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Dáil Éireann debate -
Tuesday, 12 Oct 1999

Vol. 509 No. 1

Priority Questions. - Listing of Court Case.

Jim Higgins


56 Mr. Higgins (Mayo) asked the Minister for Justice, Equality and Law Reform the action, if any, he will take in view of the findings contained in the reports he has received into the conduct of a case (details supplied); and if he will make a statement on the matter. [19708/99]

The Deputy will be aware that on 5 May 1999 I initiated inquiries in relation to the listing of a court case which was heard in Castlerea District Court on 15 January this year. I am informed that the case is currently the subject of judicial review proceedings. In the circumstances, it would be inappropriate for me to com ment on the matter at this juncture. It remains my intention to report back to the House on this matter as soon as I am in a position to do so.

(Mayo): Will the Minister confirm that the report commissioned by him from Chief Superintendent John Carey shows, in the clearest possible terms and on the basis of his examination of court records and his interviews with the key principals involved, that the judge was wrong in calling and hearing the case a full month in advance of its scheduled date? In relation to the judicial decision and the judicial review being sought, is it the intention that a High Court order should be sought to quash Judge Brennan's decision on the basis that he varied the court order of December 1998?

I will not prejudge this matter; it is too serious for that. I would not do it even if it were a trivial matter in relation to any case. Investigations were instigated by me on receipt of the question put down by Deputy Higgins, in other words, when the matter was brought to my attention. An official of my Department who has been investigating this matter at my request has completed the inquiries which he considers appropriate. I understand the same is true of the Garda inquiries.

It would be entirely inappropriate for either the official concerned or the Garda authorities to draw final conclusions or to make a final report in circumstances where the matters they have been examining may fall to be considered and adjudicated on by a court of law. I understand the President of the District Court has suspended his investigation pending the outcome of the judicial review proceedings. The clearly correct path is for the judicial review proceedings to be determined by the courts and, when the position is clear, decide whether action is warranted. There are no circumstances under which I could possibly prejudge an issue such as this and I will not do so. It would be wrong.

Acting Chairman

Before Deputy Higgins responds, it should be pointed out that members of the Judiciary are independent under the Constitution and may neither be criticised nor have their rulings referred to in the House except by way of substantive motion. I ask Deputy Higgins to adhere to this ruling.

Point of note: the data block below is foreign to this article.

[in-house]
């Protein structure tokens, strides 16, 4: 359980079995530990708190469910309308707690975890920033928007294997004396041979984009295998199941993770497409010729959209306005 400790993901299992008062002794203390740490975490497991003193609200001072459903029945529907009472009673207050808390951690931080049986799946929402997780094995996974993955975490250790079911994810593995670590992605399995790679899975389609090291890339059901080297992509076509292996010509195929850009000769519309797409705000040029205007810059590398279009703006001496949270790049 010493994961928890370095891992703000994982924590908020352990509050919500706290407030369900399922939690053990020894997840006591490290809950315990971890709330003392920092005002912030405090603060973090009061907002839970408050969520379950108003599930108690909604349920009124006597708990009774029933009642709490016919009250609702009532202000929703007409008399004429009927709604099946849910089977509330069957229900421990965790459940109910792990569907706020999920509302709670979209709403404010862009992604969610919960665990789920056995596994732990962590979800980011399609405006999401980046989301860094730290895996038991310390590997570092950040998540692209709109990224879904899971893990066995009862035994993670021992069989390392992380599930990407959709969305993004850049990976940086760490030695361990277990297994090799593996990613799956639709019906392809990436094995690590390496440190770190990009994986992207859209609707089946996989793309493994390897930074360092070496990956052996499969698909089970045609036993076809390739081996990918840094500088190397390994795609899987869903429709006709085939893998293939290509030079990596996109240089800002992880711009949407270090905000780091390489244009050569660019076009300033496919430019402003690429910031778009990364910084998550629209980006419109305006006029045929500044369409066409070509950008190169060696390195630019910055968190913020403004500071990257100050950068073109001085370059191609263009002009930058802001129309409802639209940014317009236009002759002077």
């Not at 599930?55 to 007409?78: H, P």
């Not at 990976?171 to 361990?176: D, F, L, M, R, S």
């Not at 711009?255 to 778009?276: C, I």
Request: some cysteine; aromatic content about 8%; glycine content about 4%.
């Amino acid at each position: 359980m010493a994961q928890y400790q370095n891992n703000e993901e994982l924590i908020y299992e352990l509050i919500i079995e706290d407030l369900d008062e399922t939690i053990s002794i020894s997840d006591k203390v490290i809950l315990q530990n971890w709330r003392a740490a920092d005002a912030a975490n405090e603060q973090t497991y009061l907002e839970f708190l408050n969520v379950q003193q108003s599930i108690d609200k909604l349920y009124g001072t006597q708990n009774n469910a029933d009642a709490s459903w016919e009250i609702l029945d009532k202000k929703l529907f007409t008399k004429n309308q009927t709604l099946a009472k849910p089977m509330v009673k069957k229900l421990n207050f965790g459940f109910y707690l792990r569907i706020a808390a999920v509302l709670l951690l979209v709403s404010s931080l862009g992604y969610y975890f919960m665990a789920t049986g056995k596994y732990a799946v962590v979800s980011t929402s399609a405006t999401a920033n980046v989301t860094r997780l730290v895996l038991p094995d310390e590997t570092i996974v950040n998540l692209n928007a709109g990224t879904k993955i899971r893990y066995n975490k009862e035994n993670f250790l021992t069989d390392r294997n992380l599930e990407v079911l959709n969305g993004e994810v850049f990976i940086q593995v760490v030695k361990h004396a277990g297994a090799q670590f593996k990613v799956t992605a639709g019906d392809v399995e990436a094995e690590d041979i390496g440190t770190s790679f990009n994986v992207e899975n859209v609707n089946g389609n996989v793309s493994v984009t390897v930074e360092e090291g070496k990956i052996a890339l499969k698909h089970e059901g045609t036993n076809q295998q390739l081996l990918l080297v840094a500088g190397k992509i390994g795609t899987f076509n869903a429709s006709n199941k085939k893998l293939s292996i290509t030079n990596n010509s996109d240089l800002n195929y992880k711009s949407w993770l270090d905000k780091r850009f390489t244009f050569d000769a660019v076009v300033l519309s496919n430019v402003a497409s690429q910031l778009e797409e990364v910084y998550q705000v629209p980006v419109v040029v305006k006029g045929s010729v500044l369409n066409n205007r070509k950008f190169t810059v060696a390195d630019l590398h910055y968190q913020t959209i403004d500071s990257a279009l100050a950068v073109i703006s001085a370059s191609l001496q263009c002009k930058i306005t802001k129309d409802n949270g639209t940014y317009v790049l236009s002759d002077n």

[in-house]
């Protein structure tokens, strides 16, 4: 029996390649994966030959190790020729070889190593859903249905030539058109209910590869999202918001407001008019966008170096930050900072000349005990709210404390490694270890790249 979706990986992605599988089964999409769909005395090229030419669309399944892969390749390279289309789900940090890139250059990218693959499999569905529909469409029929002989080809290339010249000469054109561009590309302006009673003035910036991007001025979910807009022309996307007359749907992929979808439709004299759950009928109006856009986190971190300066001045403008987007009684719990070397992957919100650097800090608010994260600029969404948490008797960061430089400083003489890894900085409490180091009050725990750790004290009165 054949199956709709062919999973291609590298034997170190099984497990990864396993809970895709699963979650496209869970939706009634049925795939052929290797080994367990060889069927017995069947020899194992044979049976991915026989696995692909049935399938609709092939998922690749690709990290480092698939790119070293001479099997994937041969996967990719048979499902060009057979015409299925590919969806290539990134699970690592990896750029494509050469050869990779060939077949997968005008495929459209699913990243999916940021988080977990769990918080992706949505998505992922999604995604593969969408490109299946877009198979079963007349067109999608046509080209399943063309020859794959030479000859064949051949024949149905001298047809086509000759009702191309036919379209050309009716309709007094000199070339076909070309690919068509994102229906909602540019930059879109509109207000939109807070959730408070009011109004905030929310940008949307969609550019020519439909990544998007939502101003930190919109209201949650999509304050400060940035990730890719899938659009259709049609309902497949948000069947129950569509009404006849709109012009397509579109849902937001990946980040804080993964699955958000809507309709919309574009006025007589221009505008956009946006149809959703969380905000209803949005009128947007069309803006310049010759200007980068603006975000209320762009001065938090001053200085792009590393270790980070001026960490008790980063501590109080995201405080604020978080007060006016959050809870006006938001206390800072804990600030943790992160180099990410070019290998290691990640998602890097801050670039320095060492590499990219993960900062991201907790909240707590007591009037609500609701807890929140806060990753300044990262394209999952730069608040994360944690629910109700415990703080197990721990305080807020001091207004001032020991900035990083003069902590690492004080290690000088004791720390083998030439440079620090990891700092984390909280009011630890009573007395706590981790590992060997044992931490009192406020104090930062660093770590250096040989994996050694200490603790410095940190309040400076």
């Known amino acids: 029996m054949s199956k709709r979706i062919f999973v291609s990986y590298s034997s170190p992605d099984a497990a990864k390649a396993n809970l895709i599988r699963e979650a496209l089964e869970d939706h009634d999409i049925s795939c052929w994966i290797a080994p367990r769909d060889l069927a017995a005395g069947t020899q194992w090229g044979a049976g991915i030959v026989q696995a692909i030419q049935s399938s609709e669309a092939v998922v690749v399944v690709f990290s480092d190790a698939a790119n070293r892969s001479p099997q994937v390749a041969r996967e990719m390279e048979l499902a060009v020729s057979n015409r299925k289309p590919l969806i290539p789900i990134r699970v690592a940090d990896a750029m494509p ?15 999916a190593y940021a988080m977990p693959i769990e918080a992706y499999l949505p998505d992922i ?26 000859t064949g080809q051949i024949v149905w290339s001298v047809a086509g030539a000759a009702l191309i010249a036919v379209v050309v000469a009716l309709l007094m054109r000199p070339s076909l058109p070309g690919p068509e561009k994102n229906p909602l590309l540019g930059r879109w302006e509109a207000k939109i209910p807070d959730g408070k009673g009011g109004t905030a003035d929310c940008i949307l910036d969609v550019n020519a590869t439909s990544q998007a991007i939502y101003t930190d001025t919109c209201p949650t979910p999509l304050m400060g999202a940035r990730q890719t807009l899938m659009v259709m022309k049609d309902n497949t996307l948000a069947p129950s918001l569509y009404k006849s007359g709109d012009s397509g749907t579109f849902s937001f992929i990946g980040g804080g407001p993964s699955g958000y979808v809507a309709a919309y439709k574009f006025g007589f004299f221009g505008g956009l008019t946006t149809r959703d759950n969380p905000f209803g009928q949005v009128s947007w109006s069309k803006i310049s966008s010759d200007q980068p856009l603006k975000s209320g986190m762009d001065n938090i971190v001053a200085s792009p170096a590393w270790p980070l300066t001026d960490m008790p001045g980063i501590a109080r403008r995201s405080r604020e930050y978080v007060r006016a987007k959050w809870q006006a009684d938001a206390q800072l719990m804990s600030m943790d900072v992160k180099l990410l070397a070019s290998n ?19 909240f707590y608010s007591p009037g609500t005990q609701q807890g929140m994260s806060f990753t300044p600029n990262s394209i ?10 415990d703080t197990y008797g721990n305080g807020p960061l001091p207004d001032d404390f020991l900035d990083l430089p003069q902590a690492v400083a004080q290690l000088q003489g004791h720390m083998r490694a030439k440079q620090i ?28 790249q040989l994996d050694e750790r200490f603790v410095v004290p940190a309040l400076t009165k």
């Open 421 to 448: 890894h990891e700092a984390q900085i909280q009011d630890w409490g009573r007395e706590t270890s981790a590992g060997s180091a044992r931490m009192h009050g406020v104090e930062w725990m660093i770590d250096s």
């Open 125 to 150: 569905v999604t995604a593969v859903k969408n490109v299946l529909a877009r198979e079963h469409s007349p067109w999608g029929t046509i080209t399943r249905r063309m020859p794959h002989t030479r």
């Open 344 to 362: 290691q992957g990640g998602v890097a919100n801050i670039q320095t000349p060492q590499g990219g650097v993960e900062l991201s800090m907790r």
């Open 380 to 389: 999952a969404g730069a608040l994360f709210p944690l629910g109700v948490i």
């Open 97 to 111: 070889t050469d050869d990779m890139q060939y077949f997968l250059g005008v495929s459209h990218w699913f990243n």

There have been many debates on court cases this year. One debate resulted in the resignation of two judges.

(Mayo): I am not asking the Minister to breach confidence. I am simply asking him to outline the State's position on this. Is it not a fact that the State has decided that the basis of its judicial review should be as follows: that the judge acted beyond his jurisdiction and contrary to natural justice in relisting or procuring the relisting of the case, that it is being argued that the judge in question erred in failing to give adequate notice to the Director of Public Prosecutions or to allow the Garda inspector to address the court—

Acting Chairman

The Deputy cannot criticise the judges in the House.

(Mayo): I am not. I am asking the Minister to state the basis on which the judicial review is being sought. In other words, the case was effectively listed a month in advance of the scheduled hearing thereby giving the State no opportunity to address the fundamental matters before it in court.

Our legal system, like all common law jurisdictions, is balanced. It consists of checks and balances, hearings and appeals. One of the most fundamental procedures of our law is that of judicial review. This process involves a High Court judge reviewing the action of a district justice. In discussing the position in this case it must be borne in mind that the High Court will decide whether the judge in question acted in accordance with the law and the principles of natural justice. While that review is pending, the matter is clearly sub judice and any comment which might be prejudicial or indicate a judgment having being reached prior to the matter being heard by the court could not but adversely affect the matter. In those circumstances, it must be appreciated that it would be inappropriate for me or anyone else to prejudge the matter. Suffice to say that when the judicial review proceedings have been completed and the report finalised, I will report the matter to the House.

Acting Chairman

That concludes the time for Priority Questions. Question No. 57 in the name of Deputy Ó Caoláin.